Working Long Hours Is Killing Us

Alex Costin
Alex Costin

Our parents emphasized the importance of hard work, telling us nothing good could be achieved without its practice. Our teachers went on to do the same. So did everyone else. “A dream doesn’t become reality through magic;” they said. “It takes sweat, determination and hard work.”

While there is validity in working to make certain goals come to life, work has become an overwhelmingly dominant part of human existence; it’s so dominant, in fact, that it leaves no time for other aspects required to live happily and healthily.

The United States is top amongst the culprit nations, as the average workweek is 46.7 hours (or 49 hours for salaried workers). That means, on a typical day, someone who marches off at 8a.m. (and has a lunch break) won’t leave work until around 6p.m. That’s the entire day. Dinner, more work from home and off to bed – that’s all this schedule leaves time for.

The average vacation time given to United States salaried employees is only about ten days, or two workweeks. With fifty-two weeks in each year, people are essentially working all the time.

In many of these cases, the duties performed have nothing to do with personal dreams. It’s a matter of bringing home a paycheck. Work to pay the bills. Work to afford that house. Work to afford this. Work to afford that. It’s all about acquiring things; it has nothing to do with personal aspirations or achieving happiness.

In fact, only 13 percent of people worldwide enjoyed going to work as of 2013. And yet, we continue to do what we do. We continue to choose fat wallets over daily contentment. Not only that, but we teach our children that a “good job” is one that – regardless of personal satisfaction – provides hefty wages. They will undoubtedly grow up to share the same, skewed mentality.

We’re blind to the true meaning of life. We’re blind to what really matters, what really holds value when all is said and done. We’re choosing to work, work, work and become stressed, stressed, stressed (and praise those who are doing the same) in order to buy that car or that hot tub or that cool, new phone. We are flat out damning our health and wellness in order to afford more material possessions.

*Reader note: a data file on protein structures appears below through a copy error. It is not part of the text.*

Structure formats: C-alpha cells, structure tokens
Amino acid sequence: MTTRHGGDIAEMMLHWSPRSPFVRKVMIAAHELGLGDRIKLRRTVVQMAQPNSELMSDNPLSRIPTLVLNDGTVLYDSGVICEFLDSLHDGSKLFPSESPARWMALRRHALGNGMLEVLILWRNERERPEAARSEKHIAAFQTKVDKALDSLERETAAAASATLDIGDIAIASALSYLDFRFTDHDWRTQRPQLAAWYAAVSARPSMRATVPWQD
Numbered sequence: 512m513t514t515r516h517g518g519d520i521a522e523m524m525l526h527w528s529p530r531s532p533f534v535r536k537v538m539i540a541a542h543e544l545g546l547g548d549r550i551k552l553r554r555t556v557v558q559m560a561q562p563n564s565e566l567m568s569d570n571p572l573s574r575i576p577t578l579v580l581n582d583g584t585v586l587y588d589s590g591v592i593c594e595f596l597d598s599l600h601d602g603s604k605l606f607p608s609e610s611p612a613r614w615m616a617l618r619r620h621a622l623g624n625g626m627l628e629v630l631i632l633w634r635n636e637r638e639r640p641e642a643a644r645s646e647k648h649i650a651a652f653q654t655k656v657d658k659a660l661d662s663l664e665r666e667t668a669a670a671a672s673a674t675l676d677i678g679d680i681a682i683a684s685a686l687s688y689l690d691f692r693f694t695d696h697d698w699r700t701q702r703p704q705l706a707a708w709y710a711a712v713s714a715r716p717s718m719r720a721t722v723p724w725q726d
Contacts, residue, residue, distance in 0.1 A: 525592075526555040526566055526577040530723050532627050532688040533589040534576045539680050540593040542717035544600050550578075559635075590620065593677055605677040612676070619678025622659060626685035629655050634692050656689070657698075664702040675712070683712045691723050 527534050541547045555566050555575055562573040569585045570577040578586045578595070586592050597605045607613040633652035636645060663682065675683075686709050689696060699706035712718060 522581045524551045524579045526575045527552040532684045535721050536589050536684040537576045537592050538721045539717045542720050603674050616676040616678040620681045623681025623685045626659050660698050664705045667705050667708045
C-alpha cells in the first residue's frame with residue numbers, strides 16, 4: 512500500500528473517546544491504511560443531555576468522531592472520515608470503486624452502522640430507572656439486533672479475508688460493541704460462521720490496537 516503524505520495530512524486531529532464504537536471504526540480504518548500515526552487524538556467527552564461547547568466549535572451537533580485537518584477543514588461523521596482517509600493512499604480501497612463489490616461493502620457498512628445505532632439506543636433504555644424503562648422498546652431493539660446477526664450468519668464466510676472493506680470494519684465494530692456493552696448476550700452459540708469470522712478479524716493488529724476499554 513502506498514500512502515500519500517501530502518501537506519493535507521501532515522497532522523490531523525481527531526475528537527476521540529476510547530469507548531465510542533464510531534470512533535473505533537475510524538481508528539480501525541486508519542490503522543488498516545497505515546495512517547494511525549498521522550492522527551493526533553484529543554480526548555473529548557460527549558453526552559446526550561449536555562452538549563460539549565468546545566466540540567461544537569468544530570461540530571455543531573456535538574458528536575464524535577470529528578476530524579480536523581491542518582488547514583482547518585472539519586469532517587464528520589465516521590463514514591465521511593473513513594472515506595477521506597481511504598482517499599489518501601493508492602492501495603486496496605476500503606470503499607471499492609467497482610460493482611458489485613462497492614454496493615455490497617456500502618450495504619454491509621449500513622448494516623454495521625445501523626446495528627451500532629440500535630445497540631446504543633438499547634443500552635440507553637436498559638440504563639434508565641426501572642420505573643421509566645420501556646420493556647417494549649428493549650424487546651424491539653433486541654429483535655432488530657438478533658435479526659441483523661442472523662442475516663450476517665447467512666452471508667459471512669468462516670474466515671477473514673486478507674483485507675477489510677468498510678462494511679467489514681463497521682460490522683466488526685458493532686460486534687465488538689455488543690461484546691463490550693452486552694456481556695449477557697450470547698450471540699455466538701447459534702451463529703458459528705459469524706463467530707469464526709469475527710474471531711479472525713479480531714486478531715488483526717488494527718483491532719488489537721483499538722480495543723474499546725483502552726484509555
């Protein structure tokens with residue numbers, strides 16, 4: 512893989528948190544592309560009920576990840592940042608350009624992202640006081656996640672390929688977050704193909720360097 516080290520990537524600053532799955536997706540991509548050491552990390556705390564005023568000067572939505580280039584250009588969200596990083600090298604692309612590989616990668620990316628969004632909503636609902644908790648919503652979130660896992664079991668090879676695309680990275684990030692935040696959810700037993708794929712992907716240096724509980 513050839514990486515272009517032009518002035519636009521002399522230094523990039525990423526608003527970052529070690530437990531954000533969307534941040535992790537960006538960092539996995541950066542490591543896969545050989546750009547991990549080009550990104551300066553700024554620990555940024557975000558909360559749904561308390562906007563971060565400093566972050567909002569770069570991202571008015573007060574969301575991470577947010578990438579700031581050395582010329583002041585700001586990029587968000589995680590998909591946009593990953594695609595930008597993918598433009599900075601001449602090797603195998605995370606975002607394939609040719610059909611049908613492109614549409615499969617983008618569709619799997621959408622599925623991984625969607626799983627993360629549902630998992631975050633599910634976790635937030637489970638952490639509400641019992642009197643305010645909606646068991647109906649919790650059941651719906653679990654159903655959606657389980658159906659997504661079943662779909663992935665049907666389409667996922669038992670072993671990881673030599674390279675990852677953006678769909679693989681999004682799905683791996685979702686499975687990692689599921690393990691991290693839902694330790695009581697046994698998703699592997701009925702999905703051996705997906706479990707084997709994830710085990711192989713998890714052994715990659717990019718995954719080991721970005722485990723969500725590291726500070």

Could we put a price on health – mental or physical? These two components, the parts that make up who we are, are negatively impacted as we overwork. They crumble and fall apart. And yet, we seem to believe our health is worth less than the neat, unnecessary gadgets we can hold in our palms.

What’s the price of time spent with loved ones? This aspect of life, the one that elders have long told us to cherish, to prioritize, has fallen by the wayside, replaced with overtime and a few extra bucks at the end of the week.

What’s the price of adequate rest? Humans need to recharge in order to be happy and healthy. And yet…

We go to work and spend our weeks behind our desks – bogged down by unhappiness. We flip the middle finger to the relaxing, the balanced, those who are “taking it easy.” They’re not doing their duty. “Lazy” is what we dub those who choose not to participate in the 50-hour workweek trend. Those who merely cover their financial bases and live simply – they’re the ones going about it wrong. Right?

We need to take a step back and consider the paradox in working long hours. It’s a practice – no, a lifestyle – that shouldn’t be applauded. Don’t we see that, in the end, we leave no time for the stuff we work so hard to afford? We end up too tired to appreciate our lovely home, our contemporary top-of-the-line furniture, our humongous television. More importantly, we leave no time for loved ones.

But we have a choice.

We can opt for cheaper models, fewer toys, fewer belongings overall. We needn’t replace our cars, our wardrobes, our furnishings simply because we tire of the old. We may want to, but we don’t need to. We’re fuelled by the desire to have the best, nicest things. By the time we’ve worked enough to afford it all, we’re burnt out.

We can do away with daily misery and work less; we can seek lower paying jobs that we actually find enjoyable. We could fill our time with good company, with sufficient rest, with necessary recharging of body and mind.

If we would only alter our work patterns, or deeper yet, if we would stop our worship of material possessions (realizing they should not take priority over love, rest and health), we’d be healthier and happier. Contrary to what people seem to believe, working a million hours for a million dollars but leaving no time to spend it and cutting out anyone we might spend it with– that’s not happy or healthy.TC mark

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